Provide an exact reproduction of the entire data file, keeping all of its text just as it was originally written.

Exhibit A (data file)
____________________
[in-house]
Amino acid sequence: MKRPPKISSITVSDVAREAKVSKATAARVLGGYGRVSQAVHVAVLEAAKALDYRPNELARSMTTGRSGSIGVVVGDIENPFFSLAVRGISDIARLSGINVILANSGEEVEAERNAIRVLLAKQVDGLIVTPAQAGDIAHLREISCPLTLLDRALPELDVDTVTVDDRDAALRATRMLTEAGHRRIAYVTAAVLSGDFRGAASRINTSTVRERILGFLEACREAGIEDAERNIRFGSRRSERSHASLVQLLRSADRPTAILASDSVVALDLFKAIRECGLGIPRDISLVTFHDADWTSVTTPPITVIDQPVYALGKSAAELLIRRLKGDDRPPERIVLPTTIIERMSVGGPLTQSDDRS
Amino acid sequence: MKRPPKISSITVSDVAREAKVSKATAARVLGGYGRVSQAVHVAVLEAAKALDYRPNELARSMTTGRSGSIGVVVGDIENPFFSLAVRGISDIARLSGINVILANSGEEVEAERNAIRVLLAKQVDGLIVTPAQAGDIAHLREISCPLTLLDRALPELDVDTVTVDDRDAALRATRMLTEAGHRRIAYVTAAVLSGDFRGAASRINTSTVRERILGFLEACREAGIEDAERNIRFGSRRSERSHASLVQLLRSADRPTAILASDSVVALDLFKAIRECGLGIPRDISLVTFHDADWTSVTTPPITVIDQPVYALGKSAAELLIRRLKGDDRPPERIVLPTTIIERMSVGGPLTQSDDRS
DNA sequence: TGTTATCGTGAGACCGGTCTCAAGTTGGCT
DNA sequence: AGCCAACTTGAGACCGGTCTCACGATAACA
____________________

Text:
[in-house]
Amino acid sequence: MKRPPKISSITVSDVAREAKVSKATAARVLGGYGRVSQAVHVAVLEAAKALDYRPNELARSMTTGRSGSIGVVVGDIENPFFSLAVRGISDIARLSGINVILANSGEEVEAERNAIRVLLAKQVDGLIVTPAQAGDIAHLREISCPLTLLDRALPELDVDTVTVDDRDAALRATRMLTEAGHRRIAYVTAAVLSGDFRGAASRINTSTVRERILGFLEACREAGIEDAERNIRFGSRRSERSHASLVQLLRSADRPTAILASDSVVALDLFKAIRECGLGIPRDISLVTFHDADWTSVTTPPITVIDQPVYALGKSAAELLIRRLKGDDRPPERIVLPTTIIERMSVGGPLTQSDDRS
Amino acid sequence: MKRPPKISSITVSDVAREAKVSKATAARVLGGYGRVSQAVHVAVLEAAKALDYRPNELARSMTTGRSGSIGVVVGDIENPFFSLAVRGISDIARLSGINVILANSGEEVEAERNAIRVLLAKQVDGLIVTPAQAGDIAHLREISCPLTLLDRALPELDVDTVTVDDRDAALRATRMLTEAGHRRIAYVTAAVLSGDFRGAASRINTSTVRERILGFLEACREAGIEDAERNIRFGSRRSERSHASLVQLLRSADRPTAILASDSVVALDLFKAIRECGLGIPRDISLVTFHDADWTSVTTPPITVIDQPVYALGKSAAELLIRRLKGDDRPPERIVLPTTIIERMSVGGPLTQSDDRS
DNA sequence: TGTTATCGTGAGACCGGTCTCAAGTTGGCT
DNA sequence: AGCCAACTTGAGACCGGTCTCACGATAACA